Welch’s -test; Chi2 test.

Prognostic factors of favourable long-term functional outcome were also investigated by comparing the GOS 2 and 3 group to the GOS 4 and 5 group. The results are presented in Table 4. Univariate analysis showed that only the initial Glasgow score was significantly correlated with functional outcome (Welch’s -test, ). In contrast, no statistically significant association was demonstrated between functional outcome and age, gender, presence of pupillary abnormalities, initial imaging, time to surgery, and bone flap area.


GOS 2 + 3GOS 4 + 5 value

Age
 <15 years220.125ω
 15 to 30 years68
 >30 years520
Gender
 Male1023
 Female37
Pupillary examination
 Constricted6170.310ω
 Unilateral dilated411
 Bilateral dilated (absent corneal reflex)3 (0)2 (1)
Initial Glasgow score
 3 to 5760.048 ω
 6 to 8312
 >8312
 Mean6.28.8
Time to surgery
 <6 h580.800ω
 6 h–24 h13
 24 h–7 days518
 >7 days21
Bone flap area (cm2) (mean ± SD)101.1 ± 25.299.3 ± 19.60.926ω
Marshall score
 I2100.500ω
 II45
 III01
 IV211
 Evacuated mass53

Comparison of the group of patients with an unfavourable functional outcome (GOS 2 and 3) and the group of patients with a favourable functional outcome (GOS 4 and 5) as a function of various prognostic criteria. A criterion was considered to have a prognostic value when a statistically significant difference was observed between the 2 groups with < 0.05 ( = 5%).
Welch’s -test; Chi2 test.

Identification of prognostic factors was also performed separately on the two groups of patients (groups 1 and 2). This analysis did not identify any other prognostic factors and is therefore not presented here.

4. Discussion

4.1. Should Decompressive Craniectomy Be Performed in Severe Traumatic Brain Injury?

Decompressive craniectomy in the context of severe TBI has been the subject of numerous publications over the last twenty years with variable results. Most of these studies presented a low level of proof and were retrospective studies based on small series of patients. Variable results have been reported, as these studies were based on different populations in terms of age, exclusion criteria, and operative techniques. It is therefore difficult to compare the results of these studies, but the long-term results of several published series as well as those of the present series are summarized in Table 5.


Author, year AgeGCSRandGOS 4-5GOS 2-3GOS 1

Kjellberg and Prieto Jr., 1971 [17]733 months–84 yearsNRNoNRNR72.0%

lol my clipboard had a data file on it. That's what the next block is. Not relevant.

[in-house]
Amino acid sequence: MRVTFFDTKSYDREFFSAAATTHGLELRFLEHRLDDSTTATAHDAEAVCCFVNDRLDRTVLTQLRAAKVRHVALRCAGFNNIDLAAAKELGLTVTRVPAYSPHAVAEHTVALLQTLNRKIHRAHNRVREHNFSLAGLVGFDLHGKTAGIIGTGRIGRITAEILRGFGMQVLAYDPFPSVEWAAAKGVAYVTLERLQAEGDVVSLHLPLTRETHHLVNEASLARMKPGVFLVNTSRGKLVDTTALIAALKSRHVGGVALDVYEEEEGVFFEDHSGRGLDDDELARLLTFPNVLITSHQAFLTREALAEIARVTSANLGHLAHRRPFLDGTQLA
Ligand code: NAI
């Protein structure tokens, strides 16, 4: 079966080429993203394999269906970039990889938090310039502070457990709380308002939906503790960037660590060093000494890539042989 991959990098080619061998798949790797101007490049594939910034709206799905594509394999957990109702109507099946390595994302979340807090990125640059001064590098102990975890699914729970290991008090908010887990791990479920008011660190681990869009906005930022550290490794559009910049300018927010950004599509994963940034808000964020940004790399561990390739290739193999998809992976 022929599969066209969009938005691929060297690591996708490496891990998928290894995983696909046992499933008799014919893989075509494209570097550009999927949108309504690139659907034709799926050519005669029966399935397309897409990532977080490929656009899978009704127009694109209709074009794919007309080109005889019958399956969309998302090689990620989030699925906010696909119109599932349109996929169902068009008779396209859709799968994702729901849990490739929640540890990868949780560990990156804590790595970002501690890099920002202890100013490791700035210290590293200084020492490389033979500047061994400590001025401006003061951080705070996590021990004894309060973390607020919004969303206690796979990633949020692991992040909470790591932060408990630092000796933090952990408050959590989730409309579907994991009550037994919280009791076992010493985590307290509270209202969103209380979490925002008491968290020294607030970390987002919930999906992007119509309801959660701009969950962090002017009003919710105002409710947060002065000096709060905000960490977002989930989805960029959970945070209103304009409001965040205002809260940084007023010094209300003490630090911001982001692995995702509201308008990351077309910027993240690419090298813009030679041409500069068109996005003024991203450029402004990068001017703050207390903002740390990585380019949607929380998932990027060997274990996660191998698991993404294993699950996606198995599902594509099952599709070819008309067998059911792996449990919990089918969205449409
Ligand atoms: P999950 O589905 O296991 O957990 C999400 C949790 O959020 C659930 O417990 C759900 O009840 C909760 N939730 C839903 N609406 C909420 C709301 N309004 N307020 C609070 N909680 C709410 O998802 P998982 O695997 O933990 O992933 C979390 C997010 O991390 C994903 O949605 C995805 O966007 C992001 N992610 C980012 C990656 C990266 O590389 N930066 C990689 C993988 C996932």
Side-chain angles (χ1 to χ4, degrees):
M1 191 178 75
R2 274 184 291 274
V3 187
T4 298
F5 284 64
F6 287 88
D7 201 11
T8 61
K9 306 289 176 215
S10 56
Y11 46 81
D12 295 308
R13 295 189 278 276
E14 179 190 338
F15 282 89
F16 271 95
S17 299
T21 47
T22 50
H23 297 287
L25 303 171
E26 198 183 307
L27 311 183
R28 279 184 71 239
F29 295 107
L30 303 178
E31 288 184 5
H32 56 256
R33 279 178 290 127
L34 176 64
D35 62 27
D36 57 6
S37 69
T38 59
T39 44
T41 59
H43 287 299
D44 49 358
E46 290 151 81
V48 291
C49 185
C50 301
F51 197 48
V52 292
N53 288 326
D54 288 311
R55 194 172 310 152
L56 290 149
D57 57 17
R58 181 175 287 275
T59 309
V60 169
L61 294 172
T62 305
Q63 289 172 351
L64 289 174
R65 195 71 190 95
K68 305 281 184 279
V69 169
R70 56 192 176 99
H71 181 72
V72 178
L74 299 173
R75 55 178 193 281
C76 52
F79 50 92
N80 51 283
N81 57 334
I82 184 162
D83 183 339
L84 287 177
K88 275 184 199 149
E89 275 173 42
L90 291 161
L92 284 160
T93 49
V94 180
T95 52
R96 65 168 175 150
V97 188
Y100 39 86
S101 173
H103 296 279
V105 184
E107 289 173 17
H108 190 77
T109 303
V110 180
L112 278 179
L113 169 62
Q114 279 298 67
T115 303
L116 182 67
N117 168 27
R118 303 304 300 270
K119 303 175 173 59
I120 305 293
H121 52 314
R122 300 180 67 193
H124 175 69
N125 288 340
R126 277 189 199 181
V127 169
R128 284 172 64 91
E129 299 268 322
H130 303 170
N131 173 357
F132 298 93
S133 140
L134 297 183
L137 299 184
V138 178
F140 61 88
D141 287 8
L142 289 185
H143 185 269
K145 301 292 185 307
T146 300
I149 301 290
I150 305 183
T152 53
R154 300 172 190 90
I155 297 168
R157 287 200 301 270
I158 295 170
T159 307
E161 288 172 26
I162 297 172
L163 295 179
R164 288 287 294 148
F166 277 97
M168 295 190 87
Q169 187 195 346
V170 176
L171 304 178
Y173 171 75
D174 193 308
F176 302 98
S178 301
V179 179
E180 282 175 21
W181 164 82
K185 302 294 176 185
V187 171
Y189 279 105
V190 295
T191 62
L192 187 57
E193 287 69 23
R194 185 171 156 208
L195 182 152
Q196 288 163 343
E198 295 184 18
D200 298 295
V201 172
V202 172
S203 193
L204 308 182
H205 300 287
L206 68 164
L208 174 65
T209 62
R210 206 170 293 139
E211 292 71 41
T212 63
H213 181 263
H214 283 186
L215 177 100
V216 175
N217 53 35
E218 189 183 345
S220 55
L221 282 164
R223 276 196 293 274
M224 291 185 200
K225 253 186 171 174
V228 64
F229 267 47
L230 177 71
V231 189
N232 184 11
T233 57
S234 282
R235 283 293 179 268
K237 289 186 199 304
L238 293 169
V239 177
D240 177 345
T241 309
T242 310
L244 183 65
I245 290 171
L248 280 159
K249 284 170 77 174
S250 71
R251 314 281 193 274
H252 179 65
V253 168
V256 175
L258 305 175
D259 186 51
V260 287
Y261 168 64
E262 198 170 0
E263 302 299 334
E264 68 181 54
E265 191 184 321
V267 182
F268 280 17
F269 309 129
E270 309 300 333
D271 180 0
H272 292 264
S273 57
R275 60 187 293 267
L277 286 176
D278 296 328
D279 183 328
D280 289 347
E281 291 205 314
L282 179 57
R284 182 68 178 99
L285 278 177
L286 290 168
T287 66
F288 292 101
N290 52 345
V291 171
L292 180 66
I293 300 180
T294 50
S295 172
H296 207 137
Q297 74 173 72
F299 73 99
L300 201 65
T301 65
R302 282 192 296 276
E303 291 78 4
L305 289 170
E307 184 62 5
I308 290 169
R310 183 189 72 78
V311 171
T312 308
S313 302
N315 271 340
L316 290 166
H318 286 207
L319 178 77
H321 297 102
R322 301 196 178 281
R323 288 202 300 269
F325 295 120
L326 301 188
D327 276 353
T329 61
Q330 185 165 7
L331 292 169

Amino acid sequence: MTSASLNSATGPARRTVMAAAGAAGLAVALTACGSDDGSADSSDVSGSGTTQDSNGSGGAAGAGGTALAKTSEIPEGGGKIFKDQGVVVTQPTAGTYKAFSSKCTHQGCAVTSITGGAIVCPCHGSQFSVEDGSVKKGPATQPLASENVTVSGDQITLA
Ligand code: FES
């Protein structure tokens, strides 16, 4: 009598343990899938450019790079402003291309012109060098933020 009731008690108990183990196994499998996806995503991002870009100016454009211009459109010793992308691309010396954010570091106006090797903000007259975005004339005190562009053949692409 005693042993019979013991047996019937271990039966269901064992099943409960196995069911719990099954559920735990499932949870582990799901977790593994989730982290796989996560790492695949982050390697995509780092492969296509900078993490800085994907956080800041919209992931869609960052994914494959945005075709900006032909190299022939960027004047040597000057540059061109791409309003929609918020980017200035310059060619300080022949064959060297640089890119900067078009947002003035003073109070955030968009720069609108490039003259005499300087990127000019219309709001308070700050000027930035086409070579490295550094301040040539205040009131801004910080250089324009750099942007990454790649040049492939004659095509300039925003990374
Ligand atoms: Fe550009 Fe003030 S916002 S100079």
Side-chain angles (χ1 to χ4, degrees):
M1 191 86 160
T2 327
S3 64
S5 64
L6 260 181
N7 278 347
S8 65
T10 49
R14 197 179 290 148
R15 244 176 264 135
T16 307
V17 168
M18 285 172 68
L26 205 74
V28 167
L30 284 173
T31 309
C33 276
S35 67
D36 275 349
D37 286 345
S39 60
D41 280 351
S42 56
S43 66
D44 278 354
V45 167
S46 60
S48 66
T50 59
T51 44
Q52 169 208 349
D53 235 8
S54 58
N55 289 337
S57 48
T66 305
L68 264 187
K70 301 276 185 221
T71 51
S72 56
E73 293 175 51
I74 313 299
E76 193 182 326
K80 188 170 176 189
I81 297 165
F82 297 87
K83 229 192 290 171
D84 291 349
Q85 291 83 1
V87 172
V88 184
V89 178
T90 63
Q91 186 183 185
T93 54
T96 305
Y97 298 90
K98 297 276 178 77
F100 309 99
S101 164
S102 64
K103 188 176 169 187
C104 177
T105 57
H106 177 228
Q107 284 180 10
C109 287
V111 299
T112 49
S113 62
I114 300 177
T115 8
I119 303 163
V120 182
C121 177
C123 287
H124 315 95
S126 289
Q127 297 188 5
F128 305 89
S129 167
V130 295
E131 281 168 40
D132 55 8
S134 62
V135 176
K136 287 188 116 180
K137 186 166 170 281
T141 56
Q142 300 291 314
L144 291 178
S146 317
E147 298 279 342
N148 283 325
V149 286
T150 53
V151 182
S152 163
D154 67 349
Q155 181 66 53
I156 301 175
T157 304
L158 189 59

Polin et al., 1997 [19] 3518.7 years5.62No37.0%40.0%23.0%
Guerra et al., 1999 [15] 57<50 yearsNRNo58.0%20.0%19.0%
De Luca et al., 2000 [13] 22NRNRNo41.0%41.0%18.0%
Taylor et al., 2001 [21] 13121 months5 ± 2Yes54.0%NRNR
Schneider et al., 2002 [20] 6236.6 years6No29.1%48.4%22.5%
Albanèse et al., 2003 [9]2732 ± 15 years5 ± 2No19%30%52%
Aarabi et al., 2006 [8] 5025.3 years7No40.0%32.0%28.0%
Chibbaro and Tacconi, 2007 [11]4847 18–66 years7No40.0%45.0%15.0%
Olivecrona et al., 2007 [18] 2139.1 years6.5No71.5%11.4%14.3%
Ho et al., 2008 [16] 1638 20–72 years5 3–7 No31%31.5%37.5%
Bao et al., 2010 [10] 37NRNRNo54.1%27.0%18.9%
Cooper et al., 2011 [12] 73<60 yearsNRYes30.0%51.0%19.0%
Ecker et al., 2011 [14] 3324 19–46 years5 3–14 No60.0%17.0%23.0%

Our series 2013 6033 2–64 years7.23No50.0%21.7%28.3%

: number of patients; GCS: mean initial Glasgow Coma Scale score; Rand: randomization; GOS: Glasgow Outcome Scale; ± : standard deviation; : range.

The Cochrane Collaboration conducted a review of the literature in 2009 [25], based on 154 studies. This review established the benefit of decompressive craniectomy in terms of a reduction of the mortality rate and a reduction of the risk of long-term unfavourable results for only one randomized study conducted in children [21]. However, this review of the literature comprising clinical case reports and nonrandomized retrospective and prospective studies suggested a real benefit of decompressive craniectomy in patients with severe TBI.

The DECRA protocol (decompressive craniectomy) [12] was a multicentre, randomized, controlled study in adults under the age of 60 years comprising 155 randomized patients, 73 of whom were operated on. This study demonstrated a benefit in terms of reduction of postoperative ICP but did not demonstrate any significant differences between the groups of operated and nonoperated patients. Favourable long-term results were observed in only 30% of craniectomized patients. However, the conclusions of this study have been questioned by a number of authors [2628], due to the bias related to the absence of equivalence between the two groups with more patients presenting bilateral dilated pupils in the group of operated patients. The choice of operative technique, comprising bilateral (bifrontotemporoparietal) craniectomy, was also controversial, as this technique is associated with a higher complication rate. This study was also based on a small sample size, representing only a limited subsample of patients with traumatic brain injury, as, in particular, patients with cerebral contusion were not included in the study. Some authors have also questioned the inclusion criteria of this study, considering that the ICP value adopted for randomization was too low (ICP > 20 mmHg for more than 15 minutes). Finally, the interval between the head injury and randomization, and consequently surgery, was also too long (an average of 32 hours). In view of these various criticisms, although this study was prospective and randomized, it cannot be considered to have clearly resolved the question of the benefit of craniectomy in severe TBI.